As part of my introduction to the boundary workshops, I share with the group that the content could easily fill four or five days training. In fact, at a recent workshop one participant suggested a five day residential and I am warming up to that idea for 2014.

Generally by lunch time on day one, participants express to me,

I can see how this could be five days long, I did not previously appreciate the complexities of professional boundaries.

This gladdens my professional heart to see so early on in the workshop that participants are delighting in their understanding of the depth of knowledge required to maintain safe boundaries in the clinical arena.

In professional boundary work I have done with individuals and groups I have become increasingly aware of the relevance of boundaries in order to maintain one’s own well-being (and that of the client). With knowledge and skills gained through participation in our workshops and through robust and challenging discussions, action and role plays, individuals inform us later,

I can go to work now, set limits, enjoy the day, feel satisfaction with what I have done, and enjoy being with my family.

For some this awakening has moved them from a state of negativity about their work to enjoying the work they do. For others, its a relief to learn that its okay to say ‘no’, to set limits and that indeed, in terms of professional ethics, it can be a requirement of the professional role.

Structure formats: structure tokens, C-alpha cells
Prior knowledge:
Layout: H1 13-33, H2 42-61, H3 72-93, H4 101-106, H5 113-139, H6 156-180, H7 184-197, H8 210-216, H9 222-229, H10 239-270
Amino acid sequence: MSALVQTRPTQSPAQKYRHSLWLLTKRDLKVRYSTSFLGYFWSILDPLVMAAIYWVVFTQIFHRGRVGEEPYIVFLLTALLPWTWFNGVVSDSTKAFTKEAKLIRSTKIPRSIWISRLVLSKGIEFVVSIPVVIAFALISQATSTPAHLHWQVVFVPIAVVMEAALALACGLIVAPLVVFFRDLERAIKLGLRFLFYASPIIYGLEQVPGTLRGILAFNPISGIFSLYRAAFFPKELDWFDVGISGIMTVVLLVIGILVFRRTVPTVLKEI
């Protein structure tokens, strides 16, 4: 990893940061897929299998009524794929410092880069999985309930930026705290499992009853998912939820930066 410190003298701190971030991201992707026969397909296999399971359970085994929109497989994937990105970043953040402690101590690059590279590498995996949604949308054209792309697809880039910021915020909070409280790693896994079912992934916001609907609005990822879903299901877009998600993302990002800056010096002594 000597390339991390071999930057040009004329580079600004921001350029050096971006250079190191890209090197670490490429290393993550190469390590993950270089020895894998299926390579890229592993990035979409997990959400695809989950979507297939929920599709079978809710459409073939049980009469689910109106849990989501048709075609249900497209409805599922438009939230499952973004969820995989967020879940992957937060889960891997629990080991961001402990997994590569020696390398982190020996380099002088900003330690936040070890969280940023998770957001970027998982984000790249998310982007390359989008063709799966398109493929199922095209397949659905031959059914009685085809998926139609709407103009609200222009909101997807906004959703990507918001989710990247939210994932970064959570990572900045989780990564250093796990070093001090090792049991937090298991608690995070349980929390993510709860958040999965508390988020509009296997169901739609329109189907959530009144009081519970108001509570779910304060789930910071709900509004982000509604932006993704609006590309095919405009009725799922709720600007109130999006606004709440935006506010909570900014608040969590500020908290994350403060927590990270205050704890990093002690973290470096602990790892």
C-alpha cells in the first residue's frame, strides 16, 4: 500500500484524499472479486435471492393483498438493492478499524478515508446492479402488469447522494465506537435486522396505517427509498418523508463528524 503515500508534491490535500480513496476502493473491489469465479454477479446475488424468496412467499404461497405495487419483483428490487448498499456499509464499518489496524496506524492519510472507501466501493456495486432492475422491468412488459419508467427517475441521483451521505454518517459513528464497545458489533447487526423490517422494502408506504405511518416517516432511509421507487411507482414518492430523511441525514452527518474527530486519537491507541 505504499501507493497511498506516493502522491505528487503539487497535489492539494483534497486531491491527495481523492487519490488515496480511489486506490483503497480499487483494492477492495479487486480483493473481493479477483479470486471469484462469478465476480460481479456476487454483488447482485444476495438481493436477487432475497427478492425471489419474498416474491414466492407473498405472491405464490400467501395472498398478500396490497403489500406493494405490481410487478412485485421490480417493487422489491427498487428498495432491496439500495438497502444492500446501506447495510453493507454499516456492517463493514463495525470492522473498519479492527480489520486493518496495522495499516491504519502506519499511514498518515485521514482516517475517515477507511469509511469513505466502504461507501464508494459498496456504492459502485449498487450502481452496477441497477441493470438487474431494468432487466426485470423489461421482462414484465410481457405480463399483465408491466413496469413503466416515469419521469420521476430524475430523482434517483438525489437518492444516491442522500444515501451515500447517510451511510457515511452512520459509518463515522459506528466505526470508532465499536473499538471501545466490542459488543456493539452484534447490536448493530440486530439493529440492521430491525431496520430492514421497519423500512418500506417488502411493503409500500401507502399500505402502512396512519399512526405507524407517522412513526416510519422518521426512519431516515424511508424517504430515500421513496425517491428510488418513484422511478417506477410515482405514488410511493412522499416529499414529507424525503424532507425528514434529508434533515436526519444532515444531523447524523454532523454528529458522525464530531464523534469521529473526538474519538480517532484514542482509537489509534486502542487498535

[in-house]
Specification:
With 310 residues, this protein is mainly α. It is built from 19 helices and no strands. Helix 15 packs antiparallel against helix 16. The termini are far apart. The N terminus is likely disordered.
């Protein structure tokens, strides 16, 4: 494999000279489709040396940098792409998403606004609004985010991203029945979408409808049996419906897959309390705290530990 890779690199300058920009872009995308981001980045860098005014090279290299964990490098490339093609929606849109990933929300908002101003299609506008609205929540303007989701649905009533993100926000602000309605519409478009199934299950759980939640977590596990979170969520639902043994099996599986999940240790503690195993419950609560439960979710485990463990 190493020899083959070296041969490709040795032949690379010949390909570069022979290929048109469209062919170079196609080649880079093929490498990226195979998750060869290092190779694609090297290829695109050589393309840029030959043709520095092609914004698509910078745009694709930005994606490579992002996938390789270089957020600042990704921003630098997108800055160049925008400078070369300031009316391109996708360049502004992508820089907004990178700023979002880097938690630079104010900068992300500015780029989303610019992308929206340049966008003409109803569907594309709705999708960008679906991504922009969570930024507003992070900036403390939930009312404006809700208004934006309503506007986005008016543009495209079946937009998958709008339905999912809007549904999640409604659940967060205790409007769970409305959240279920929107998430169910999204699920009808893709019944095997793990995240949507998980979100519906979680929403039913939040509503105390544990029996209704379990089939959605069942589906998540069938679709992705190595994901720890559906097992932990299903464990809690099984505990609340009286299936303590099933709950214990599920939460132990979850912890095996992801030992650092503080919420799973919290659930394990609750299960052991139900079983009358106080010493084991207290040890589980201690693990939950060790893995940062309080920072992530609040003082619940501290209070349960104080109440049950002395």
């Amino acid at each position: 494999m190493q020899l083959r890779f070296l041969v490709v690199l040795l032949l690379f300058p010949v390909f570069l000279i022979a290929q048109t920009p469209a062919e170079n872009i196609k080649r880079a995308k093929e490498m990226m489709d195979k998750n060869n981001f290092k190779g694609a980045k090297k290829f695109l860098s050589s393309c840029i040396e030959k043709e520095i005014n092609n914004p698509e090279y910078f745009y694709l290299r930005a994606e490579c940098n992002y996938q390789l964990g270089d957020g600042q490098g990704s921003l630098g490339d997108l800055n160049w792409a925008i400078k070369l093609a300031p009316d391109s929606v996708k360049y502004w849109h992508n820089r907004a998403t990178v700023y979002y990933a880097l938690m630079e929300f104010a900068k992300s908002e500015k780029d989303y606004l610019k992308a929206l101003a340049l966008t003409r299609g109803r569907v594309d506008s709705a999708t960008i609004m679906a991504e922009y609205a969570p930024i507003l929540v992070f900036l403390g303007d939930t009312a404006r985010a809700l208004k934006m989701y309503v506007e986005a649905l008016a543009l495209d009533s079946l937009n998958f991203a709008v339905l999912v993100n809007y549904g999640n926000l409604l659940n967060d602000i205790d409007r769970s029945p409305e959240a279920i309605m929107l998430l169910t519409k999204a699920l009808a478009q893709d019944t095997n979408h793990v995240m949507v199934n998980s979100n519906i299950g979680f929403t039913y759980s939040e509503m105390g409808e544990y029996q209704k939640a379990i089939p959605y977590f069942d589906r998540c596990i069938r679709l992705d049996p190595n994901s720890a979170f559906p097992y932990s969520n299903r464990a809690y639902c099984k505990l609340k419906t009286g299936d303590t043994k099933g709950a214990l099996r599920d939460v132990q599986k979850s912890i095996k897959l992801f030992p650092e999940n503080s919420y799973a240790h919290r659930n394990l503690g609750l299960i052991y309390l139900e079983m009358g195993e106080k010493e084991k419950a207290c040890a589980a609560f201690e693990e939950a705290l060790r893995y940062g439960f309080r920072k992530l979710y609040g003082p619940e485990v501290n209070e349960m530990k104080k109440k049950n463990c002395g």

I believe that an integral missing link to boundary maintenance is having a good understanding about attachment theory. I believe attachment theory offers an insightful lens through which to understand, create and maintain boundaries. Just as clients may become attached to professionals, I believe that professionals can also become too attached to clients. This opens up both parties (and potentially their respective families) to ab area of professional investigation that many would never have envisaged. Attachment theory and boundaries are a realm that I will write more about in future blog posts, so stay tuned.

To me, boundaries encompass all that it is to be human and a professional. I like a quote by Schimelpfening (2007),

Boundaries are the emotional and physical space that we place between ourselves and others. Setting proper boundaries is important to our mental health. When appropriate boundaries are not set, we run the risk of becoming either too detached from or too dependent upon others.

As always, I welcome conversation and comments from you about my blog posts.


Ref: Schimelpfening, N. (2007). Accessed http://

Read More

Nursing News from Buffalo, NY

Nursing News from Buffalo, NY
Exciting news for nursing, in Buffalo, NY

I have a strong commitment to strengthening nursing identity and professionalism and where possible will inform you about achievements of colleagues with whom I have travelled in the world of nursing.

Read More

Site design by Spirited Web Design